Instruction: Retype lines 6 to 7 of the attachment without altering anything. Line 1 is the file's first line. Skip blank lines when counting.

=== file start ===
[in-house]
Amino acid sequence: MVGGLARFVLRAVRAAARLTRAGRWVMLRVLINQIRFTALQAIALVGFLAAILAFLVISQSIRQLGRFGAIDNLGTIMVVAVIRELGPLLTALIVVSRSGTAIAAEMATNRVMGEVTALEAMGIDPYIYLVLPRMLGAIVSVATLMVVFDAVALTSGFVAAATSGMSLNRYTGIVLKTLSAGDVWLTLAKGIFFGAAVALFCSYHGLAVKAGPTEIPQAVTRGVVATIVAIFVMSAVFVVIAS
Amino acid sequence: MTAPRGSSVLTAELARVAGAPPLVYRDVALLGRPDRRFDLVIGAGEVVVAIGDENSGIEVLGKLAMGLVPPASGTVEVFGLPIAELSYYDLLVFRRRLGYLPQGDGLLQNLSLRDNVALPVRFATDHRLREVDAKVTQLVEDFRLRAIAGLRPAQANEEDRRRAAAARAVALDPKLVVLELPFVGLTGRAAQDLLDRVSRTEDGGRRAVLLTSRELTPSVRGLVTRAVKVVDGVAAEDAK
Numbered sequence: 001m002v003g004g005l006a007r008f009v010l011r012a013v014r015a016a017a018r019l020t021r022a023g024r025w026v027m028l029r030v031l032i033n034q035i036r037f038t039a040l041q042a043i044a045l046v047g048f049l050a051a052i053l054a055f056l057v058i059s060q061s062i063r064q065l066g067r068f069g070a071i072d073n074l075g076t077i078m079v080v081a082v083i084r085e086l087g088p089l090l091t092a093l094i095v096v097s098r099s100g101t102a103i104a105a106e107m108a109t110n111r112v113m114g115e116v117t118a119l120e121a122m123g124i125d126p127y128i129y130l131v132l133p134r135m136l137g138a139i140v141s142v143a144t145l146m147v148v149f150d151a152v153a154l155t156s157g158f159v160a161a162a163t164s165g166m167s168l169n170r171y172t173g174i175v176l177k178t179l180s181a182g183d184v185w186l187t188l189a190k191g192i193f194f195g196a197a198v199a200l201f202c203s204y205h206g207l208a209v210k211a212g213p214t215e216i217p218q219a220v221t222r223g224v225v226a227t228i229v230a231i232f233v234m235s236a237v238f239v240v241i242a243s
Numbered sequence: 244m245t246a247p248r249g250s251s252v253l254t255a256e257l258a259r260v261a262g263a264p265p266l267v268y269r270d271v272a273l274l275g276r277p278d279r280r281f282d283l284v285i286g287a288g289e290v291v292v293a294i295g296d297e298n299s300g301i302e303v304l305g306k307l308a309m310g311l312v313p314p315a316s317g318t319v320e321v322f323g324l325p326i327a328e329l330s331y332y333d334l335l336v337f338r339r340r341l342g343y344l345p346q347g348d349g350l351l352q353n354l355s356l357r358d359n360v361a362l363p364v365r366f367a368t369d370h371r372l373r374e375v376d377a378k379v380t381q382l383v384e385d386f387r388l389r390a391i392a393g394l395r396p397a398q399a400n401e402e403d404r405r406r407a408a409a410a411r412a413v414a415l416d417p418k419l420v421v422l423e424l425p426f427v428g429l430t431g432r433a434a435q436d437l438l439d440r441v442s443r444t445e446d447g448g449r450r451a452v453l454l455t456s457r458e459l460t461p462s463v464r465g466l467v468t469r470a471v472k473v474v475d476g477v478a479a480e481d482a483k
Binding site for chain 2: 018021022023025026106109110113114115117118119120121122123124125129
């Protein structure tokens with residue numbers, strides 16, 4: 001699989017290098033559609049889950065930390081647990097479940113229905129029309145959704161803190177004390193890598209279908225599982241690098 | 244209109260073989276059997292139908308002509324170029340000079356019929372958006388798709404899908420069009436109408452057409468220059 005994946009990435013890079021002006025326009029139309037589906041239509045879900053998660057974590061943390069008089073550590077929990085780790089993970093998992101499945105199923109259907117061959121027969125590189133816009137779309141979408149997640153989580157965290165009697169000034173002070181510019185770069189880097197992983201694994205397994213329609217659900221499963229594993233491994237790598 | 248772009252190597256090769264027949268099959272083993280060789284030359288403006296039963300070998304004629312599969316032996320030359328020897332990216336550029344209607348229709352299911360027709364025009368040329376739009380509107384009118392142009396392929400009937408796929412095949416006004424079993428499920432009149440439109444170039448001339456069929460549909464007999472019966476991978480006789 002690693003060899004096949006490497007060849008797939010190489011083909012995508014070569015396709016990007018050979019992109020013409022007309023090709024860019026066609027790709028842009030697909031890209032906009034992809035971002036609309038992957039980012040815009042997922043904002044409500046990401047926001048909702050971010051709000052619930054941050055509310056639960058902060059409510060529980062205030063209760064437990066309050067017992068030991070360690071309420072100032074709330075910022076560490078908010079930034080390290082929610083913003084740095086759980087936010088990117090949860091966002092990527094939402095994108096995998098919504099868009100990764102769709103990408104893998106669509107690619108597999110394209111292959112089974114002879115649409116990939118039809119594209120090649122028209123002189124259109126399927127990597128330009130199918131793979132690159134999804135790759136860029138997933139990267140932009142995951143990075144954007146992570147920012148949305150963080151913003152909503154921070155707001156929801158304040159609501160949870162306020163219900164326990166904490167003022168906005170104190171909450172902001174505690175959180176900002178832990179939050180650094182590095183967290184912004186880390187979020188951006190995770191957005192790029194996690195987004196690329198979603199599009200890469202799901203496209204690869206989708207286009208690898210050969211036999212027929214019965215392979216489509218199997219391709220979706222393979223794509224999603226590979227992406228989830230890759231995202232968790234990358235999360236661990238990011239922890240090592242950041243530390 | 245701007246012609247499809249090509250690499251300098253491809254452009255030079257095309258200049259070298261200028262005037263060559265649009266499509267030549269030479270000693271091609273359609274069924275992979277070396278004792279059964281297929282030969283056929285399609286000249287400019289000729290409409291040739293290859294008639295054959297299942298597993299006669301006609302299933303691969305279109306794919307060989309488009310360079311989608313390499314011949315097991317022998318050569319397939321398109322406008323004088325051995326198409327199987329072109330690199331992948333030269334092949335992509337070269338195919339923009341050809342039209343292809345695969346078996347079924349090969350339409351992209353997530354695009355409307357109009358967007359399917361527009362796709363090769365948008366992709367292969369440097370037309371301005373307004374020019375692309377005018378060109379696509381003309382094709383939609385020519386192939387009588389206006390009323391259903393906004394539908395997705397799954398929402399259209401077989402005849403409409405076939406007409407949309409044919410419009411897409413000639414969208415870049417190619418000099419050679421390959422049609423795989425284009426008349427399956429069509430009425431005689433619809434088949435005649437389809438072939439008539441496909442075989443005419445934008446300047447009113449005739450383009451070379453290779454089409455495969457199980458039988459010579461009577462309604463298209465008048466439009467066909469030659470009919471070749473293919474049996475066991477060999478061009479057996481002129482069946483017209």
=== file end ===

Binding site for chain 2: 018021022023025026106109110113114115117118119120121122123124125129
């Protein structure tokens with residue numbers, strides 16, 4: 001699989017290098033559609049889950065930390081647990097479940113229905129029309145959704161803190177004390193890598209279908225599982241690098 | 244209109260073989276059997292139908308002509324170029340000079356019929372958006388798709404899908420069009436109408452057409468220059 005994946009990435013890079021002006025326009029139309037589906041239509045879900053998660057974590061943390069008089073550590077929990085780790089993970093998992101499945105199923109259907117061959121027969125590189133816009137779309141979408149997640153989580157965290165009697169000034173002070181510019185770069189880097197992983201694994205397994213329609217659900221499963229594993233491994237790598 | 248772009252190597256090769264027949268099959272083993280060789284030359288403006296039963300070998304004629312599969316032996320030359328020897332990216336550029344209607348229709352299911360027709364025009368040329376739009380509107384009118392142009396392929400009937408796929412095949416006004424079993428499920432009149440439109444170039448001339456069929460549909464007999472019966476991978480006789 002690693003060899004096949006490497007060849008797939010190489011083909012995508014070569015396709016990007018050979019992109020013409022007309023090709024860019026066609027790709028842009030697909031890209032906009034992809035971002036609309038992957039980012040815009042997922043904002044409500046990401047926001048909702050971010051709000052619930054941050055509310056639960058902060059409510060529980062205030063209760064437990066309050067017992068030991070360690071309420072100032074709330075910022076560490078908010079930034080390290082929610083913003084740095086759980087936010088990117090949860091966002092990527094939402095994108096995998098919504099868009100990764102769709103990408104893998106669509107690619108597999110394209111292959112089974114002879115649409116990939118039809119594209120090649122028209123002189124259109126399927127990597128330009130199918131793979132690159134999804135790759136860029138997933139990267140932009142995951143990075144954007146992570147920012148949305150963080151913003152909503154921070155707001156929801158304040159609501160949870162306020163219900164326990166904490167003022168906005170104190171909450172902001174505690175959180176900002178832990179939050180650094182590095183967290184912004186880390187979020188951006190995770191957005192790029194996690195987004196690329198979603199599009200890469202799901203496209204690869206989708207286009208690898210050969211036999212027929214019965215392979216489509218199997219391709220979706222393979223794509224999603226590979227992406228989830230890759231995202232968790234990358235999360236661990238990011239922890240090592242950041243530390 | 245701007246012609247499809249090509250690499251300098253491809254452009255030079257095309258200049259070298261200028262005037263060559265649009266499509267030549269030479270000693271091609273359609274069924275992979277070396278004792279059964281297929282030969283056929285399609286000249287400019289000729290409409291040739293290859294008639295054959297299942298597993299006669301006609302299933303691969305279109306794919307060989309488009310360079311989608313390499314011949315097991317022998318050569319397939321398109322406008323004088325051995326198409327199987329072109330690199331992948333030269334092949335992509337070269338195919339923009341050809342039209343292809345695969346078996347079924349090969350339409351992209353997530354695009355409307357109009358967007359399917361527009362796709363090769365948008366992709367292969369440097370037309371301005373307004374020019375692309377005018378060109379696509381003309382094709383939609385020519386192939387009588389206006390009323391259903393906004394539908395997705397799954398929402399259209401077989402005849403409409405076939406007409407949309409044919410419009411897409413000639414969208415870049417190619418000099419050679421390959422049609423795989425284009426008349427399956429069509430009425431005689433619809434088949435005649437389809438072939439008539441496909442075989443005419445934008446300047447009113449005739450383009451070379453290779454089409455495969457199980458039988459010579461009577462309604463298209465008048466439009467066909469030659470009919471070749473293919474049996475066991477060999478061009479057996481002129482069946483017209």